With the potential announcement of an agreement between the Iran regime and the P5+1 group of nations, the scene will undoubtedly shift to Congress where both houses will have 60 days to review the agreement under legislation authored by Sen. Bob Corker (R-TN), chair of the Senate Foreign Relations Committee, as part of a bipartisan compromise.
With that upcoming debate, a fierce lobbying campaign will break out between those opposed to the agreement and the lobbying machine deployed by Tehran’s mullahs to get it passed. Chief among them will be the National Iranian American Council, the leading advocacy group for the Islamic state, which has formally launched its own full-fledged lobbying arm in anticipation of the fight ahead.
The creation of the lobbying group has come under intense scrutiny given its timing just before congressional review, as well as the need to funnel and direct funds towards supporting the Iran regime. The question of financial support for the NIAC has been a persistent question and a recent story by The Daily Beast shed new light on where the chief cheerleaders for Iran’s mullahs are getting their money.
The story, written by Michael Weiss and Alex Shirazi and contributed by Jackie Kucinich, examined contributions made by Vahid Alaghband, an Iranian businessman who’s Balli Aviation Ltd., tried to sell 747 airliners to Iran despite a federal ban on such sales. His company pled guilty to two criminal counts in 2010 and under the plea deal with the U.S. Justice Department, paid a $2 million criminal fine, served five years of corporate probation and paid an additional $15 million in civil penalties.
“…Alaghband stands out from the rest, because the beneficiary of his firm’s deals with Tehran was an Iranian airline accused by the U.S. government of working with the regime’s foreign intelligence operatives and shipping arms and troops to Syria,” said the article.
“Plus, if an agreement between Iran and the world’s major powers is concluded in the coming days—as is widely expected—operators like Alaghband could stand to benefit.”
The deep ties to the regime also included a conspiracy in to export 747 aircraft by first obtaining export licenses from the U.S. government and then using an Armenian subsidiary to buy the planes for Mahan Air, Iran’s largest airline, which the State Department believes is controlled by former Iranian president Akbar Hashemi Rafsanjani.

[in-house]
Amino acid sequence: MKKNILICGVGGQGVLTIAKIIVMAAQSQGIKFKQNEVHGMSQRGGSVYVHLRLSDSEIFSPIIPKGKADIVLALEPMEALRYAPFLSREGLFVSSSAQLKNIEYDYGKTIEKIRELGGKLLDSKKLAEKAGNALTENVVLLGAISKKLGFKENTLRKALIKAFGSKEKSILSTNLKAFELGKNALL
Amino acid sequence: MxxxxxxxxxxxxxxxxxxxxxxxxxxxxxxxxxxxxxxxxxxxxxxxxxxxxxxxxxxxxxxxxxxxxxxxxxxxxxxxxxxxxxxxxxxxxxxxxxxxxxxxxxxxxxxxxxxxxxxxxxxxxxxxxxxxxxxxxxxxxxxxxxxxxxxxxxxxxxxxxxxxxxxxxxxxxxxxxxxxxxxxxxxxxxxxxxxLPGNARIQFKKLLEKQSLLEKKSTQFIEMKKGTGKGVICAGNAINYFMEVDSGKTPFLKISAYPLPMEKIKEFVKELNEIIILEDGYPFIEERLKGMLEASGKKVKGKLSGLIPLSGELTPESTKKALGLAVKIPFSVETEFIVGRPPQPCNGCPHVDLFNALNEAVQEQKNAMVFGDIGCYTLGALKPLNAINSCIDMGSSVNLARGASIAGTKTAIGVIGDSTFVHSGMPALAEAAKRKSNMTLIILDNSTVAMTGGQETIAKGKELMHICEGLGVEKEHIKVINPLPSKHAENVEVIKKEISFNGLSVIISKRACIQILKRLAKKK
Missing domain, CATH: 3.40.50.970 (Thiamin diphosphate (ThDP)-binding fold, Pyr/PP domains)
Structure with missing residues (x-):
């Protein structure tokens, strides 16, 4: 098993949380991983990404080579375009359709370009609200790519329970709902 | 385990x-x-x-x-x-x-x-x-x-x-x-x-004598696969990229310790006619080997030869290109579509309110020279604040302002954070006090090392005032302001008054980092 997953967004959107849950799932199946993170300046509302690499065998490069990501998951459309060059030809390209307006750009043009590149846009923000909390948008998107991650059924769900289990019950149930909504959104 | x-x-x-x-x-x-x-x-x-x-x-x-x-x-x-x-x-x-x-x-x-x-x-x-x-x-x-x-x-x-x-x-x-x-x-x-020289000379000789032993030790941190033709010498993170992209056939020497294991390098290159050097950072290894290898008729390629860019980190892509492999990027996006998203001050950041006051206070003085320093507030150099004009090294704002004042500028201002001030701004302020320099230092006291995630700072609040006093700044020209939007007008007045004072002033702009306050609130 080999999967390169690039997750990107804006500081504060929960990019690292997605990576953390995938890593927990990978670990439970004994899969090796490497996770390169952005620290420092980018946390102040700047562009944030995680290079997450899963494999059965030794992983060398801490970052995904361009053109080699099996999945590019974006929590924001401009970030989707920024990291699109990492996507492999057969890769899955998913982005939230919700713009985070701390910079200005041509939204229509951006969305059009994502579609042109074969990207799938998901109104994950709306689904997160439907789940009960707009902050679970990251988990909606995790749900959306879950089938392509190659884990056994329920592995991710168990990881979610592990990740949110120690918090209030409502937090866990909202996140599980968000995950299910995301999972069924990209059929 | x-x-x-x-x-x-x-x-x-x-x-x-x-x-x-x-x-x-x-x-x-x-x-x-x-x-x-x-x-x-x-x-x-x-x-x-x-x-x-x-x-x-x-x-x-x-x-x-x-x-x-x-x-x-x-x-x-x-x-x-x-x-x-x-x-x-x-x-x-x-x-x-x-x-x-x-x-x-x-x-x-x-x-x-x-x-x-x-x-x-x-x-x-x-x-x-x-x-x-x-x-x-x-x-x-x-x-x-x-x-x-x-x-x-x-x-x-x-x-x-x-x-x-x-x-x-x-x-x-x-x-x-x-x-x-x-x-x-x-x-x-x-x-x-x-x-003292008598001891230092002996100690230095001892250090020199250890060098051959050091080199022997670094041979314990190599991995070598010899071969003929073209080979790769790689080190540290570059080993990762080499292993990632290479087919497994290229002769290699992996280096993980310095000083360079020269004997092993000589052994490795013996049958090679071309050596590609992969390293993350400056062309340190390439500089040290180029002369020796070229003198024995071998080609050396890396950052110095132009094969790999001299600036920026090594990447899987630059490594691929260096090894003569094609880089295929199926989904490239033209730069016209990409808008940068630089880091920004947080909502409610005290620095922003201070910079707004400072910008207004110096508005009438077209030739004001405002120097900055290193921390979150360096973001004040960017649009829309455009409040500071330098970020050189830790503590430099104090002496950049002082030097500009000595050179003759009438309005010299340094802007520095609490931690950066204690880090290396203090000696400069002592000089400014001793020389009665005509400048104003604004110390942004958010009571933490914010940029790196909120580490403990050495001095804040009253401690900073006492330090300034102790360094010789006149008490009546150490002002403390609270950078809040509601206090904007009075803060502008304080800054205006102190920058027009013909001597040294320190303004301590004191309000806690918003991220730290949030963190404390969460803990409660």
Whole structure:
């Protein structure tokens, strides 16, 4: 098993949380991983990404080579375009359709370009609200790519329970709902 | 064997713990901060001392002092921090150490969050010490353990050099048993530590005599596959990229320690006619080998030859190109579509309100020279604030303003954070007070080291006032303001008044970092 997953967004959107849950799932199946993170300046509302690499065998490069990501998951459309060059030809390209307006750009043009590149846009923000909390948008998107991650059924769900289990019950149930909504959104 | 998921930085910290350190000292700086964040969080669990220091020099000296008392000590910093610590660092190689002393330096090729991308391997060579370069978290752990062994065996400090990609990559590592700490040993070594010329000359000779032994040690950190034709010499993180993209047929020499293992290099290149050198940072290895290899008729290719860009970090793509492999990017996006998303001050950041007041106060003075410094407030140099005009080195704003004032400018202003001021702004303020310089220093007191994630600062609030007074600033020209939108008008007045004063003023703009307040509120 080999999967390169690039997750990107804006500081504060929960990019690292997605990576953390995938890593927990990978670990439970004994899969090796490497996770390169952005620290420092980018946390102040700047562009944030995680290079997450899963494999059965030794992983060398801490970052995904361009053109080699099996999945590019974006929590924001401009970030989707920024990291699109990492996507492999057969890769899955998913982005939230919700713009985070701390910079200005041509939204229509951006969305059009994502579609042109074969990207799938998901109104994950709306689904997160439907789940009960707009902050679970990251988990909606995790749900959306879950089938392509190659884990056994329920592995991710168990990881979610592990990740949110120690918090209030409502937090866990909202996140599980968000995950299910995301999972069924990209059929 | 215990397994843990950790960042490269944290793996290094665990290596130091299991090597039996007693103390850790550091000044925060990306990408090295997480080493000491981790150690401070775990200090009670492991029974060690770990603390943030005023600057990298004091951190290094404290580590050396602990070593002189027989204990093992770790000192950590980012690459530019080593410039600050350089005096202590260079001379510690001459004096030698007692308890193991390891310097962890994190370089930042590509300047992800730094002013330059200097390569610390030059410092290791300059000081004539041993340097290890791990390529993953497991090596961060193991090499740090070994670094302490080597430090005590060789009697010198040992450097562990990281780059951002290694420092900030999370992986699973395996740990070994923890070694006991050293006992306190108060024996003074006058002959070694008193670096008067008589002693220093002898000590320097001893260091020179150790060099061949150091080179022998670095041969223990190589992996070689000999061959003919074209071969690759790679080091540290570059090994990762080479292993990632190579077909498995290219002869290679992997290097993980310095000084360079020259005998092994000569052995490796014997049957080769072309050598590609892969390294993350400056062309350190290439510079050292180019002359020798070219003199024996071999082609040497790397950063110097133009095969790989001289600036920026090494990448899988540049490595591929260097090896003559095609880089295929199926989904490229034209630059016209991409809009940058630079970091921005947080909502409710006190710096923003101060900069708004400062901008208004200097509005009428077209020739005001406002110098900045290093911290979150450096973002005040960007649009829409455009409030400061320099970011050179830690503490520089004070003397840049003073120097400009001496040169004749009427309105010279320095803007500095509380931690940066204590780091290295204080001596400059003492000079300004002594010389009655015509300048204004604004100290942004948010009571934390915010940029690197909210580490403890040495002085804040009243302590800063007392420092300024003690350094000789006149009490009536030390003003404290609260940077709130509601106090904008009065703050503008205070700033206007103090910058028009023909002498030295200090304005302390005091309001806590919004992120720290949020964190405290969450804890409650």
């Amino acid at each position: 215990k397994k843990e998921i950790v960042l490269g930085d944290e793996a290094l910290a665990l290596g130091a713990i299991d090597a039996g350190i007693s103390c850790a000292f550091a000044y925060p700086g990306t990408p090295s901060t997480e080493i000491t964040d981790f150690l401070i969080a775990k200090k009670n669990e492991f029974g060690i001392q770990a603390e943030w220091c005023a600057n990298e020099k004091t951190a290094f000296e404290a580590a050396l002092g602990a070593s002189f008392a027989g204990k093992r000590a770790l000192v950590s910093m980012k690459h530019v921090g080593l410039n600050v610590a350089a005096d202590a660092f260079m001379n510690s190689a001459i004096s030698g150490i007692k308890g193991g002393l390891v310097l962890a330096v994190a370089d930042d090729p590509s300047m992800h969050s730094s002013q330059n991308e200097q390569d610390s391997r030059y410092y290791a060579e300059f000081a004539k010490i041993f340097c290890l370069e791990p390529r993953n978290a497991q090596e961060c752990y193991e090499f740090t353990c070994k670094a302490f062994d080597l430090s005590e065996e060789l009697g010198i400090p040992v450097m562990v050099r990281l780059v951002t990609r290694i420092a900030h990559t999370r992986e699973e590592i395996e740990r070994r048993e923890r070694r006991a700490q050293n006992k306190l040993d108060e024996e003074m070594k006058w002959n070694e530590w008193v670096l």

Mahan Air was also sanctioned by the Treasury Department in 2011 for “providing financial, material and technological support to the Islamic Revolutionary Guard Corps-Qods Force (IRGC-QF),” or the expeditionary arm of the Islamic Republic’s praetorian military division, now heavily active in both Syria and Iraq. At the time, the Treasury Department accused the Qods Force of “secretly ferrying operatives, weapons and funds” on Mahan flights.
In 2007, Alaghband offered to give a $900,000 donation over three years to the PARSA Foundation, intended for the Brookings Institution to support pro-Iranian rapprochement. This followed a previous donation of $50,000 he made to PARSA.
PARSA’s second-largest recipient of funding was the NIAC which received a total of $591,500 from the group, but funding is not the only link between NIAC and the Iran regime with other news organizations and Iranian dissident groups having pointed out close ties between NIAC leaders such as Trita Parsi with regime officials that came to light as a result of a failed defamation suit brought by Parsi against an investigative journalist.
All of which casts doubt on NIAC Action, the new lobbying muscle being deployed to help the mullahs. As noted in an article in Commentary Magazine, the launching of the lobbying arm was followed by an email sent by NIAC staffer Tyler Cullis (and not from the NIAC Action ironically enough) calling for the immediate lifting of the United Nations arms embargo as part of the nuclear agreement.
As Commentary Magazine writes: “What the vast majority of Iranian-Americans know, and what Congress should ask NIAC, is how lifting the arms embargo meant to repress Iran’s sponsorship of terrorism is in anyway an interest of the United States, the Iranian-American community, or regional stability and security.”
“That NIAC would advocate the lifting of the arms embargo is both curious and revealing. Rather than promote Iranian-American political activism or public diplomacy, NIAC increasingly appears to align itself squarely with the publicly declared interests of the Islamic Republic of Iran,” the article adds.
Indeed, the mere fact that the NIAC is hard at work sending emails to congressional staffers urging the lifting of an arms embargo designed to prevent the Iran regime from exporting arms outside of Iran is hugely significant and provides proof that the mullahs are not intent on fostering peace, but instead are desperate to gets fresh supplies of arms and ammunition to their Hezbollah proxies in Syria, Shiite militias in Iraq and Houthi rebels in Yemen as three wars rage on.
As debate opens in Congress, it would be wise for Democratic and Republican staffers to look at the sender of these email missives and if it comes from the NIAC, they should send it straight to “Junk Mail.”